Country singer Tim McGraw faces a boycott after agreeing to a benefit concert for a gun control group.

 

By now you’ve no doubt heard about the kerfuffle created by country singer Tim McGraw’s planned benefit concert for non-profit group Sandy Hook Promise in Hartford, Connecticut, this summer.

Gun rights advocates are up in arms over the show, arguing Sandy Hook Promise is a gun control wolf in sheep’s clothing, and that McGraw’s largess will pad the pockets of gun grabbers.

Founded in the wake of the 2012 school massacre at Sandy Hook Elementary School in Newtown, Connecticut, Sandy Hook Promise says it’s devoted to improving care and awareness of mental illness, creating programs to help kids identify others who might be on the edge of a violent act and initiating a plan to teach “mental first aid” to get help to those who need it.

On its website, the group advocates for gun storage and “responsible firearm safety and handling.”

“If you carry or use guns in front of your children, practice safe storage,” Sandy Hook Promise says. “Keep your firearm unloaded when it isn’t in use. Never point your gun at yourself or another person, and keep your finger off the trigger, regardless of whether or not your safety device is in the on position.”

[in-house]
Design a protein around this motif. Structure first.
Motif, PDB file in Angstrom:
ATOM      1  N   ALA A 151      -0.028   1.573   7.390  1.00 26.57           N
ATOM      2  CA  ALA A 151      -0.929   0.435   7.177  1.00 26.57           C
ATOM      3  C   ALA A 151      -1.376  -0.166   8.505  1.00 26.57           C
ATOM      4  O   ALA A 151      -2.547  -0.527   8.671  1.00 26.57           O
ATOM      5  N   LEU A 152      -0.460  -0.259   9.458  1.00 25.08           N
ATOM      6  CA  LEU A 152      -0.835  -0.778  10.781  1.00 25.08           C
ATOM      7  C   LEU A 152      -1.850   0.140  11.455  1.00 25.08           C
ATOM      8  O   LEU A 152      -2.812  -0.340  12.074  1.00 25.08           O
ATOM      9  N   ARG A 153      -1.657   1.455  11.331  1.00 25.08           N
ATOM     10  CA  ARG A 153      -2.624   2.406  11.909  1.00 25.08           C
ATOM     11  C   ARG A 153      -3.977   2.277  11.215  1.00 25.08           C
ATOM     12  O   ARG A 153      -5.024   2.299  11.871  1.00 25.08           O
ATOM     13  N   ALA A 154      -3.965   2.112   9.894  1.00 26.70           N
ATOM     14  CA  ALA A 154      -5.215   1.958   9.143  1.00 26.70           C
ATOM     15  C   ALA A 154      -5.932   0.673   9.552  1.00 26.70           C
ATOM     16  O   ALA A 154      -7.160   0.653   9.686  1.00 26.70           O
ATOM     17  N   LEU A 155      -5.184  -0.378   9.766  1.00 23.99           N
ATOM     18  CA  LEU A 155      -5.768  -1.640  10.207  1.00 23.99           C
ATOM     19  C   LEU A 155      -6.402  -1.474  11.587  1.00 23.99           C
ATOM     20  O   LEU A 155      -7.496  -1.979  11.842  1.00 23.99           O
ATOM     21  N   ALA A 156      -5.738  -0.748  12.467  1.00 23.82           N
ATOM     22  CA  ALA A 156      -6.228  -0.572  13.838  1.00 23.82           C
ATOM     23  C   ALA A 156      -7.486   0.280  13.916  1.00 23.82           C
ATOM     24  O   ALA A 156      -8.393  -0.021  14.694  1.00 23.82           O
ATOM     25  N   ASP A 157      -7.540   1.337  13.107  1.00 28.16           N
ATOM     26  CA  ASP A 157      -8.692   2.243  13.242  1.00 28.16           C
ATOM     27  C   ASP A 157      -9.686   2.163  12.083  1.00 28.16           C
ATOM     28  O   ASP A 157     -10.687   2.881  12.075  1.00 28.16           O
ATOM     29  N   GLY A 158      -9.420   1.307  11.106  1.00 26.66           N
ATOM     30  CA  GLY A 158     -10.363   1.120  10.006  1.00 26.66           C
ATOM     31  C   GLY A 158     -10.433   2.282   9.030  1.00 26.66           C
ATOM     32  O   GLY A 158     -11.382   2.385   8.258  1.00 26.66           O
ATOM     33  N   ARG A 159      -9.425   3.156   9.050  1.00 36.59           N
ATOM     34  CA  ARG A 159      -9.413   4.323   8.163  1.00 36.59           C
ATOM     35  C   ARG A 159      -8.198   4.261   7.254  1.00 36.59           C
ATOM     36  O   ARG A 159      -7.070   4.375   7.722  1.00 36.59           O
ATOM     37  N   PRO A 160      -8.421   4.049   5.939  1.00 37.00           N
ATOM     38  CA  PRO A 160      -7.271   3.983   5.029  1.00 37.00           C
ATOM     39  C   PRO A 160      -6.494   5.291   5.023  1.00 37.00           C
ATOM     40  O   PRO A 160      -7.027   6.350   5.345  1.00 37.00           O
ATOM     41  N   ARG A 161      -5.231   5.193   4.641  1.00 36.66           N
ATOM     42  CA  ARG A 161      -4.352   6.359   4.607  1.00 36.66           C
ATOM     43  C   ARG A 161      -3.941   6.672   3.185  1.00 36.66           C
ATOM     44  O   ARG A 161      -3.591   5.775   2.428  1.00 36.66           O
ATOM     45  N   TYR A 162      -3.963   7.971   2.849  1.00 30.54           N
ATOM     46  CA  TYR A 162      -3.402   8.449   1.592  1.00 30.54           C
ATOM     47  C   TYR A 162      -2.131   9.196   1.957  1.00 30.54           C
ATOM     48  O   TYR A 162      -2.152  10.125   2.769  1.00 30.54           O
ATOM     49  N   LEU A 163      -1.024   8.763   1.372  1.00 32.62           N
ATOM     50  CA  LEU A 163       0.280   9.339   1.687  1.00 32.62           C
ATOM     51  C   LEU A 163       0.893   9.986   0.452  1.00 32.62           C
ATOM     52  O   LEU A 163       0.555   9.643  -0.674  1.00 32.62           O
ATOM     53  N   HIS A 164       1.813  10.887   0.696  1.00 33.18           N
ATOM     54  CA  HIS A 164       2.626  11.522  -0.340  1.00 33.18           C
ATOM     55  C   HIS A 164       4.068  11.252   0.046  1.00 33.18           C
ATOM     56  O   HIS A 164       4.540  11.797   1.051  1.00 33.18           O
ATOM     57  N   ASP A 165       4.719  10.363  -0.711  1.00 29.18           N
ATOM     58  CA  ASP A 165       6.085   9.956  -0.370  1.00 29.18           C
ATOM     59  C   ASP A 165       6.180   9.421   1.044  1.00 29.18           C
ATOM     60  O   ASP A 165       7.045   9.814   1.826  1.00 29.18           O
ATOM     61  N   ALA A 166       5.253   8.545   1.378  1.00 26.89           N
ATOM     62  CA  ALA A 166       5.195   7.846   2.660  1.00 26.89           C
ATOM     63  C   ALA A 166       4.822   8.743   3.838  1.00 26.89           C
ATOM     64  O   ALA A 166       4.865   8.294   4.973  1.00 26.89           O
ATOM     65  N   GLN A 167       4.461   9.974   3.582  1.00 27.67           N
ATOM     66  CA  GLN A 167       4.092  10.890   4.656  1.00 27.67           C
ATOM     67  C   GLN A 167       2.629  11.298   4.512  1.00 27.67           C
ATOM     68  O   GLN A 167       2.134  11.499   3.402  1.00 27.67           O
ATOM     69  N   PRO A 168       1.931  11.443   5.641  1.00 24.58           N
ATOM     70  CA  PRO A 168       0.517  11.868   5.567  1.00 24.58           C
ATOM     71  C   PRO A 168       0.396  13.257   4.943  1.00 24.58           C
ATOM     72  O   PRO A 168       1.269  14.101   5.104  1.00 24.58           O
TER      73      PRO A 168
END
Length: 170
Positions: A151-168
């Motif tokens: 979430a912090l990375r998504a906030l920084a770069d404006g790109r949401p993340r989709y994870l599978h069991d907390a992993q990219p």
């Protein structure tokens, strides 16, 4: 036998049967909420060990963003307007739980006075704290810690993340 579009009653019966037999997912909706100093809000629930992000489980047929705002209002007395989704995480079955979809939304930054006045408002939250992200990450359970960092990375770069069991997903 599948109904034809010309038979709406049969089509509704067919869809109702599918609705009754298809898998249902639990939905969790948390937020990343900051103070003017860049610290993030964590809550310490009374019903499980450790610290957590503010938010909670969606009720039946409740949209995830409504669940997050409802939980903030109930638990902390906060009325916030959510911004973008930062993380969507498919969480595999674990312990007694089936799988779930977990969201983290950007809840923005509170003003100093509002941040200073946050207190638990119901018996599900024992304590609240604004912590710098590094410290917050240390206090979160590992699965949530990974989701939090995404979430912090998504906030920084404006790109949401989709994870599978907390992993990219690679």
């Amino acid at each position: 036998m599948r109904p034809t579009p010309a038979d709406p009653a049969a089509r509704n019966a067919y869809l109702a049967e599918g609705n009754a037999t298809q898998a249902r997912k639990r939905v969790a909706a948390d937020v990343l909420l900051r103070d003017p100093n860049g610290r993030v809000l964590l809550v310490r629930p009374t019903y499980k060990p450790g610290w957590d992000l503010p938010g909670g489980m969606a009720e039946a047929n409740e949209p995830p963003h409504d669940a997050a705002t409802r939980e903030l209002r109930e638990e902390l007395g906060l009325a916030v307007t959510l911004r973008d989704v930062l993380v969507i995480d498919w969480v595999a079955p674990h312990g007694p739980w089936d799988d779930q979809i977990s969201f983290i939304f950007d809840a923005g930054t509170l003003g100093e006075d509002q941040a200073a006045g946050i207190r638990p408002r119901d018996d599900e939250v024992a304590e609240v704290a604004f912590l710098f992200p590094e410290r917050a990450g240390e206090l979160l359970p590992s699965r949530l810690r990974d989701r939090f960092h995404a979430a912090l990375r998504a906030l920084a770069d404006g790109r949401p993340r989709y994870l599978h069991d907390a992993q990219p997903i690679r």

But dig a little deeper and you’ll find the group rallies behind new gun control legislation like Oregon’s SB 941 — which would put increased restrictions on firearms transfers — and strongly opposed Georgia’s Safe Carry protection act, which allows some teachers to carry concealed firearms in schools.

For his part, McGraw is unapologetic about his planned concert, saying in a statement to The Washington Post he supports gun rights and thinks promoting firearms safety is every gun owner’s responsibility.

“I support gun ownership,” he told The Post. “I also believe that with gun ownership comes the responsibility of education and safety — most certainly when it relates to what we value most, our children. I can’t imagine anyone who disagrees with that.”

McGraw’s fiddle player Dean Brown reportedly has a family friend who lost a child in the Sandy Hook shooting.

One of McGraw’s openers, Billy Currington, bailed on the show, saying he didn’t want to “take on controversial issues.”

But that hasn’t stopped some fans from crying foul.

So, what do you think? Is McGraw just doing his part to support families who faced a horrible loss from the Sandy Hook massacre, or is he throwing in his lot with the gun grabbers? Would you go to a McGraw concert knowing what you know now?